When Jonny Wilkinson, a player for whom the rugby "game plan" might have been invented, starts talking about playing more instinctively, it is time for England to start worrying. The World Cup-winning outside-half – nice boot, shame about the decision-making – has tacitly confessed to the shortcomings that have earned him a reputation as the most robotic of international playmakers, but it may be that his coaches would prefer him not to start experimenting this weekend. Not at Murrayfield, of all places in Christendom.
The last time Wilkinson appeared in Edinburgh in 2008, he played like a drain and was promptly dropped as a consequence. "The most painful lessons are often the most powerful and for me that is definitely the case," he said after holding off the increasingly hostile challenge of Toby Flood and retaining his place in Martin Johnson's line-up.
No arguing with him there. However, he then went on to say the following: "It was a big experience and it did me the world of good. It taught me that we need to go out and play, that we can't expect to just build a game solely from what we've planned on paper." As he has spent much of the last four and a half months flying directly in the face of that sporting truism, it must be assumed that Johnson and company know about as much as the rest of us on the subject of how Wilkinson will confront his demons on Saturday evening.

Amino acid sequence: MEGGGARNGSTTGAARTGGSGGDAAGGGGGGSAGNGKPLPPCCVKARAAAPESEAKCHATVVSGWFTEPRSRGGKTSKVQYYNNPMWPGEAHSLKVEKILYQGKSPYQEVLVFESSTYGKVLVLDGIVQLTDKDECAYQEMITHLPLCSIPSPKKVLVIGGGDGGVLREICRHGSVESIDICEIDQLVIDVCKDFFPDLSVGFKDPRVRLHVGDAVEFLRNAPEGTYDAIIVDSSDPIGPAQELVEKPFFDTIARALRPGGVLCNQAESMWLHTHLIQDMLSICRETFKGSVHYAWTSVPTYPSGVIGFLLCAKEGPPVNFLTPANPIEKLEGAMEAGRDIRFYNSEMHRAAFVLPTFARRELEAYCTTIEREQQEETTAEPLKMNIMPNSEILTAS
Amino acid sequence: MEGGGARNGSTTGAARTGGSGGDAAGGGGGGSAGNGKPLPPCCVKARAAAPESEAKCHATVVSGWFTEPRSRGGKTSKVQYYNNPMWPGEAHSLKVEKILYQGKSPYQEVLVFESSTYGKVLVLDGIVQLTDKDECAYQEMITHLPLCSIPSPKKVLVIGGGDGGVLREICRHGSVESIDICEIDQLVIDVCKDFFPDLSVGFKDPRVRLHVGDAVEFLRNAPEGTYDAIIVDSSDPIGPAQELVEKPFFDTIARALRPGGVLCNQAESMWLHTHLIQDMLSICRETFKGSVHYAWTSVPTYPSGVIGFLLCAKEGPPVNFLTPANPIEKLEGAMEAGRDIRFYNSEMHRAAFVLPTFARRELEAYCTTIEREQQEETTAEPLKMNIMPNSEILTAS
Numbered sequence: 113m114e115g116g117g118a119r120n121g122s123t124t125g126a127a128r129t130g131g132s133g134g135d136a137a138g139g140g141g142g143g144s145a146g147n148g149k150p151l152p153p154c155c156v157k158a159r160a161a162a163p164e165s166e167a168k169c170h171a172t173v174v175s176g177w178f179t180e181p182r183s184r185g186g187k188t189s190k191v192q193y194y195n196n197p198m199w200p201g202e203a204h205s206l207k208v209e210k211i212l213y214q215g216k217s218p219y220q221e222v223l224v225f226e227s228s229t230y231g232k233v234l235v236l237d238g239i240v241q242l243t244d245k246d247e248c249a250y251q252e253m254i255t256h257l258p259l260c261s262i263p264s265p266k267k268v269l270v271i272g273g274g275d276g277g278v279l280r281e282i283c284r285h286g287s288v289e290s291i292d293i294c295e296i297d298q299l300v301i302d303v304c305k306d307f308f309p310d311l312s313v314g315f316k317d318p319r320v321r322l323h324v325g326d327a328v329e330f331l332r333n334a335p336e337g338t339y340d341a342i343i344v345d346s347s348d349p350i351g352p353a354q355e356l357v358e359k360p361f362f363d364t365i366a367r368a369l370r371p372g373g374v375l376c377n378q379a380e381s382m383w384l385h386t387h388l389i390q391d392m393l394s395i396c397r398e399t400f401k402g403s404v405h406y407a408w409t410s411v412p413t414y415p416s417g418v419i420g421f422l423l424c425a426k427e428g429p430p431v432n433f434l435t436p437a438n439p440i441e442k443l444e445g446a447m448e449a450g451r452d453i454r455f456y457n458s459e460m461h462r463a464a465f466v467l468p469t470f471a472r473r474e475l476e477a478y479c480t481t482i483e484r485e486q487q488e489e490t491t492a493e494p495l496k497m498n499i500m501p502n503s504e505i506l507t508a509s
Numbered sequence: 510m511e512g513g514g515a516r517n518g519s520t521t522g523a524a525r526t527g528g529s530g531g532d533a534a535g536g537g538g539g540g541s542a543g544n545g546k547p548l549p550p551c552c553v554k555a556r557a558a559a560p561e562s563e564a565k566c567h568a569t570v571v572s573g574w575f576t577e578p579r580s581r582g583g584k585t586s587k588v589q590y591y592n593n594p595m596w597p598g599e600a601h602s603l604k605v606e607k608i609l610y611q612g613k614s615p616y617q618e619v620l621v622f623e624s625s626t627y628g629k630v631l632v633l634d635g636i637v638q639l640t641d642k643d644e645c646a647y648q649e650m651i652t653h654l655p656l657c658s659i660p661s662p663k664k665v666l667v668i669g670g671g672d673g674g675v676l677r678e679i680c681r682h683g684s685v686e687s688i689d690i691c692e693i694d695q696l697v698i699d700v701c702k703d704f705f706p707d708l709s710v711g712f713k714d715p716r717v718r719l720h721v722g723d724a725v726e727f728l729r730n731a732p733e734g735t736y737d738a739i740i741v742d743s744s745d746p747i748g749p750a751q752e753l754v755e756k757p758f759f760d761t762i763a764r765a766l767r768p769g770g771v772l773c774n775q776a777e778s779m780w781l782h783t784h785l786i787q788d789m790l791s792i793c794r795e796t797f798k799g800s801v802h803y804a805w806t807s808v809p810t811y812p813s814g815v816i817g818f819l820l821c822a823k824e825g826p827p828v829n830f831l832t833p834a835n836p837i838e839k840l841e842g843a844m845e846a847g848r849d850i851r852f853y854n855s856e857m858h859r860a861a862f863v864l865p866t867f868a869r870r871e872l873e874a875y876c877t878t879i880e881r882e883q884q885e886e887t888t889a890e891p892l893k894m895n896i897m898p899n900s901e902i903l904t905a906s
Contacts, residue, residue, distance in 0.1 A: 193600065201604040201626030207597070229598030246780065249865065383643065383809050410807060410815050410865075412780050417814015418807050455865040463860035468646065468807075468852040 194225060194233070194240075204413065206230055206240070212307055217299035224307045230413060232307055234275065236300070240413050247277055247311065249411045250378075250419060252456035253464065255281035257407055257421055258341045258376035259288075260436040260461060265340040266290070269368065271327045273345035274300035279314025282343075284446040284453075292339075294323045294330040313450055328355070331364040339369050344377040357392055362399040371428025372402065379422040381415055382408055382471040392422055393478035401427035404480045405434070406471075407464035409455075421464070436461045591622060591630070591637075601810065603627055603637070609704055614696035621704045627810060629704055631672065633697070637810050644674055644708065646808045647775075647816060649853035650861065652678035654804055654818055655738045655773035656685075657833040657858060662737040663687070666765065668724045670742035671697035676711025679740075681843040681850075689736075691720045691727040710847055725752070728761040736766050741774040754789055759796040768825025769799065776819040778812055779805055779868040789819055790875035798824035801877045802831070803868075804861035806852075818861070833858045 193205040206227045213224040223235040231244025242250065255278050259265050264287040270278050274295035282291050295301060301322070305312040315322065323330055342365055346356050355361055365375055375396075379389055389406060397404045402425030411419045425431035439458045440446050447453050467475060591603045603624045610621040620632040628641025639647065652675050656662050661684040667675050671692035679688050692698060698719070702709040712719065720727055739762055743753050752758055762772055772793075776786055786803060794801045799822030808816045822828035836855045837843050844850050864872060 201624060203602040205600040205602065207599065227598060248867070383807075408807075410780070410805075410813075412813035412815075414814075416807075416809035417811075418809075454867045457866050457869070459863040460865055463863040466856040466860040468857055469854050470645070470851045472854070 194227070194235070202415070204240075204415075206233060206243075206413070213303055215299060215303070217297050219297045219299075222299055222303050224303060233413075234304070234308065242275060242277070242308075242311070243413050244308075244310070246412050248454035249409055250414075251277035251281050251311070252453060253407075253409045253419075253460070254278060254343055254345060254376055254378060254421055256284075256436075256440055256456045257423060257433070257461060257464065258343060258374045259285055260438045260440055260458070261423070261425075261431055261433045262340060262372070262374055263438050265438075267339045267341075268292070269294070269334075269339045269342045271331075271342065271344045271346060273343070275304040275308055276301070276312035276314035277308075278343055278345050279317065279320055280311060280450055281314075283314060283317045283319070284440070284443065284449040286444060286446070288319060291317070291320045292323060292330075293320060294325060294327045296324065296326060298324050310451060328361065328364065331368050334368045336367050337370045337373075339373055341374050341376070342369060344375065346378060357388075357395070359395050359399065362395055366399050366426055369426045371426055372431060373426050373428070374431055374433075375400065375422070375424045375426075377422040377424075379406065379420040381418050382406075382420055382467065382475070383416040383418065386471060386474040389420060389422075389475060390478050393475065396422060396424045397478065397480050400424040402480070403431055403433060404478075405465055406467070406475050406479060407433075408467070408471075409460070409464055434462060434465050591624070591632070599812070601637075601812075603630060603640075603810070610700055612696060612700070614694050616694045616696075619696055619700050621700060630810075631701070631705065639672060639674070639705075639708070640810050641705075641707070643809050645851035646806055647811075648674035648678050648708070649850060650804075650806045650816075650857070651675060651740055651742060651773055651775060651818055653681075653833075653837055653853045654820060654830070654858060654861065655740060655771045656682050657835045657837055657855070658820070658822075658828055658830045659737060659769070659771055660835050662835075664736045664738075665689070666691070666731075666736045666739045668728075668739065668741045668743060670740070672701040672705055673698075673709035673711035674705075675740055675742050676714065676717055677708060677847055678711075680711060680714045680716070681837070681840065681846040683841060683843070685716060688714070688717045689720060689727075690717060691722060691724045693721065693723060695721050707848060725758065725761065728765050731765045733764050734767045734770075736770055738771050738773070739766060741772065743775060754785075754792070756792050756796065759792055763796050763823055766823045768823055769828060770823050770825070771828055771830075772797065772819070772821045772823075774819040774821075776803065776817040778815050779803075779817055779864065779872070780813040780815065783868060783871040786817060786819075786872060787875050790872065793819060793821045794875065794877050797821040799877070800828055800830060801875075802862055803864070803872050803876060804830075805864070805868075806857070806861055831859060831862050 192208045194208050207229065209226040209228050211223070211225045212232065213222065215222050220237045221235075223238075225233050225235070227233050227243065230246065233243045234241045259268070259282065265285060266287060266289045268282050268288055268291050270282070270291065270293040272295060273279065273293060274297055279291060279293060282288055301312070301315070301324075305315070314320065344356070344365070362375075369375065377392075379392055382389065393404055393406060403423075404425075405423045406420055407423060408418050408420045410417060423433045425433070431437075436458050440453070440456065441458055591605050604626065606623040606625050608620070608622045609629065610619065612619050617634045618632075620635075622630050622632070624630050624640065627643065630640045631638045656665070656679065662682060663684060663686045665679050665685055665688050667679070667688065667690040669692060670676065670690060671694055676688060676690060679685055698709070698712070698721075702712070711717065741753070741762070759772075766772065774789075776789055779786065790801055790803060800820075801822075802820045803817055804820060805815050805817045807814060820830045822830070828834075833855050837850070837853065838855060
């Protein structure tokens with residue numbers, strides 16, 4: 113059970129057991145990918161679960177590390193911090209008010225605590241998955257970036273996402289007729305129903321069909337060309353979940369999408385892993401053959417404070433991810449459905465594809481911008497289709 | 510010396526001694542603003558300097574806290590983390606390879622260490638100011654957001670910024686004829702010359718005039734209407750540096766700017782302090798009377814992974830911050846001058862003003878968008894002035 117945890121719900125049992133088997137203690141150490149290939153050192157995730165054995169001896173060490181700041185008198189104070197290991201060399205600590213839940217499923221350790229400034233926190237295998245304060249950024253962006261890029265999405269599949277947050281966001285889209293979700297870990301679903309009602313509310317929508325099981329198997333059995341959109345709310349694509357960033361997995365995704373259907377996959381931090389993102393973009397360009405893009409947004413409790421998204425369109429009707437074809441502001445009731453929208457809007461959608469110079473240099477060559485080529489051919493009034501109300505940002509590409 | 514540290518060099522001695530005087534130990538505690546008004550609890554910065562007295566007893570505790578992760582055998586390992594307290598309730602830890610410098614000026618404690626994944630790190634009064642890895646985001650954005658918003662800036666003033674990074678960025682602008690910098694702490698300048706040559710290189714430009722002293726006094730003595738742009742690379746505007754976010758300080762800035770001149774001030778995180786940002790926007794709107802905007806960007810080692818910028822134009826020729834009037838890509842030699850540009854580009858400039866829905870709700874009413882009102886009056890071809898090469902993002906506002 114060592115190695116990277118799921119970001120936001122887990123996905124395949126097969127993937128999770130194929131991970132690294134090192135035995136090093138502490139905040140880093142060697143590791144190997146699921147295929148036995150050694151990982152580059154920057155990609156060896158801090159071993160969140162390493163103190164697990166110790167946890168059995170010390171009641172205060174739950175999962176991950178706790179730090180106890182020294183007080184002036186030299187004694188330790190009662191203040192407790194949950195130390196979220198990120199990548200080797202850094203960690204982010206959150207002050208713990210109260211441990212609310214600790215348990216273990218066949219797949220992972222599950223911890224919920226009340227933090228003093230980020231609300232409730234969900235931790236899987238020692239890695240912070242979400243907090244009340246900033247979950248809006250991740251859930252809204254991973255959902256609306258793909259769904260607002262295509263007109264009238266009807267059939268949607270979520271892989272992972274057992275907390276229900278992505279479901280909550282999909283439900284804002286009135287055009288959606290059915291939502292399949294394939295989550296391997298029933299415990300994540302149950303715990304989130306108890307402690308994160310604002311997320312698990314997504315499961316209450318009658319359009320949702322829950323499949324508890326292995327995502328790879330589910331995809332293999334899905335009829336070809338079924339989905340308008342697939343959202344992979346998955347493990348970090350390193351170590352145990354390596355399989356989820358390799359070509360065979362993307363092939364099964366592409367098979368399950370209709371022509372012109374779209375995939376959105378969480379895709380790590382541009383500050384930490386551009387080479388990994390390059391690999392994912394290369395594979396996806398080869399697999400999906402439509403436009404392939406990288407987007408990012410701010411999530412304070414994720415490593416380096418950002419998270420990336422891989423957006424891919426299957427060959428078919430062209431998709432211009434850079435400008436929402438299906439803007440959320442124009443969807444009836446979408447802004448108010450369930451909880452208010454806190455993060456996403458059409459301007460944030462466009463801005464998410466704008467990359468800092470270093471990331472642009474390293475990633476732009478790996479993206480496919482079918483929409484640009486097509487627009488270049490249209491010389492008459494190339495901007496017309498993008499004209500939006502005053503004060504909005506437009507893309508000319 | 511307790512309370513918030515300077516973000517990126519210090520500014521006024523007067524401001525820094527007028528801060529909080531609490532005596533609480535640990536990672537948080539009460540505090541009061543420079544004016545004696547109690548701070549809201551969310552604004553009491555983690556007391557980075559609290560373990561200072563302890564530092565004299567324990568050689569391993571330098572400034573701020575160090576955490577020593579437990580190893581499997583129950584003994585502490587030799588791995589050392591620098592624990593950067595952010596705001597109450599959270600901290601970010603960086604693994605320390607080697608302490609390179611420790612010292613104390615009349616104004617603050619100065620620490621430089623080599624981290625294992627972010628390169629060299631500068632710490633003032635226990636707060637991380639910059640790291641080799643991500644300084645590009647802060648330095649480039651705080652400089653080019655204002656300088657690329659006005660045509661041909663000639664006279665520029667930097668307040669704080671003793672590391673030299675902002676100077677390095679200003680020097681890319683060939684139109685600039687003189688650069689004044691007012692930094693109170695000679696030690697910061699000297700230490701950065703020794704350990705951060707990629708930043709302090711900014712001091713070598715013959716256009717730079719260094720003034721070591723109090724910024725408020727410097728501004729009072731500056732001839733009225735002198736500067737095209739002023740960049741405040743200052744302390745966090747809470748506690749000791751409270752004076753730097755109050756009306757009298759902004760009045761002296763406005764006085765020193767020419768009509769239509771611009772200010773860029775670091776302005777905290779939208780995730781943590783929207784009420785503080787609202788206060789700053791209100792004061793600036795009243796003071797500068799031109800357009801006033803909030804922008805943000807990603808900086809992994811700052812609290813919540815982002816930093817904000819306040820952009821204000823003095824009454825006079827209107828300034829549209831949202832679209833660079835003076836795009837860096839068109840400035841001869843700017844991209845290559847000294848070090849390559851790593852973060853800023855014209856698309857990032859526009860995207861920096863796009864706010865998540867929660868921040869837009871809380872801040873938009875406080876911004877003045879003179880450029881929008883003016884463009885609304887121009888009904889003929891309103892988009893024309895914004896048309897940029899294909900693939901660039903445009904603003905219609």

They must surely be concerned. Accused by his more vehement critics, some of whom played alongside him in the glory years of the Clive Woodward regime, of being unable to function without a clear set of instructions, Wilkinson has hardly come out fighting in self-defence. "They must see it to say it, or have a reason for saying it," he responded with a shrug. And when asked about his misfiring midfield partnership with the centre Riki Flutey, who barely featured in the defeat by Ireland 12 days ago, he admitted: "We missed some chances in that game, but didn't realise it until we watched the video. Maybe I'm a bit tied in to what I'm doing."
If these were the words of an honest man struggling to rediscover some certainty, they were not the words of a confident one. Outplayed by the exceptional new Irish outside-half Jonathan Sexton, he must now return to the scene of his most dramatic fall from grace for a must-win contest with a team prepared by one of the coaches who best understands him: Andy Robinson, under whom he worked with both England and the Lions. "Andy coaches the way he played," Wilkinson said. "There is no façade. As a player, he was physical, intense, skilful and mixed it every time he went out on the pitch. As a coach he does exactly the same thing, but now he is able to impart a huge amount of rugby brainpower and experience. It means we must go to Murrayfield with a level of inner strength that will enable us to deal with everything we face, on and off the field."
France, hot favourites to beat Italy in Paris on Sunday and set themselves up for a Grand Slam shot against England, have made two changes to the back division that started the victory over Wales in round three. Marc Andreu, the Castres wing, replaces Julien Malzieu of Clermont Auvergne while the experienced Perpignan centre David Marty gets a run ahead of the Stade Français powerhouse Mathieu Bastareaud, who drops to the bench.